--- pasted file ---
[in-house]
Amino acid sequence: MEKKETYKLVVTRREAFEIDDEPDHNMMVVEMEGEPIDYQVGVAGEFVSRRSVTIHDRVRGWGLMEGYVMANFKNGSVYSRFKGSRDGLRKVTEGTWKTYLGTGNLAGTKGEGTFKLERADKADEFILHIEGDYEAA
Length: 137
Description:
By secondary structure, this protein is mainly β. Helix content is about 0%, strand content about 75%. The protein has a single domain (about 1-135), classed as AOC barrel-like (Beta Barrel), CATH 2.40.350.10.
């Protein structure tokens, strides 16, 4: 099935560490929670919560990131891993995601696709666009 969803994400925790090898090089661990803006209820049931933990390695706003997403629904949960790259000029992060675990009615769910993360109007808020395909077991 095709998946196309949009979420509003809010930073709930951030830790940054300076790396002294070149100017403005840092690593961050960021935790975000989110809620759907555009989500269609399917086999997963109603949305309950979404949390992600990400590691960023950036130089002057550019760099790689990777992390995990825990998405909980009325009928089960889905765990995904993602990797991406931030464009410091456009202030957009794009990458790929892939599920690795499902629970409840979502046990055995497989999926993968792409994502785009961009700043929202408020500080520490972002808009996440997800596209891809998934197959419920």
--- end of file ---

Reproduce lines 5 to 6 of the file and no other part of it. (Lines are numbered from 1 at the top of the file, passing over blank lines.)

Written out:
By secondary structure, this protein is mainly β. Helix content is about 0%, strand content about 75%. The protein has a single domain (about 1-135), classed as AOC barrel-like (Beta Barrel), CATH 2.40.350.10.
């Protein structure tokens, strides 16, 4: 099935560490929670919560990131891993995601696709666009 969803994400925790090898090089661990803006209820049931933990390695706003997403629904949960790259000029992060675990009615769910993360109007808020395909077991 095709998946196309949009979420509003809010930073709930951030830790940054300076790396002294070149100017403005840092690593961050960021935790975000989110809620759907555009989500269609399917086999997963109603949305309950979404949390992600990400590691960023950036130089002057550019760099790689990777992390995990825990998405909980009325009928089960889905765990995904993602990797991406931030464009410091456009202030957009794009990458790929892939599920690795499902629970409840979502046990055995497989999926993968792409994502785009961009700043929202408020500080520490972002808009996440997800596209891809998934197959419920």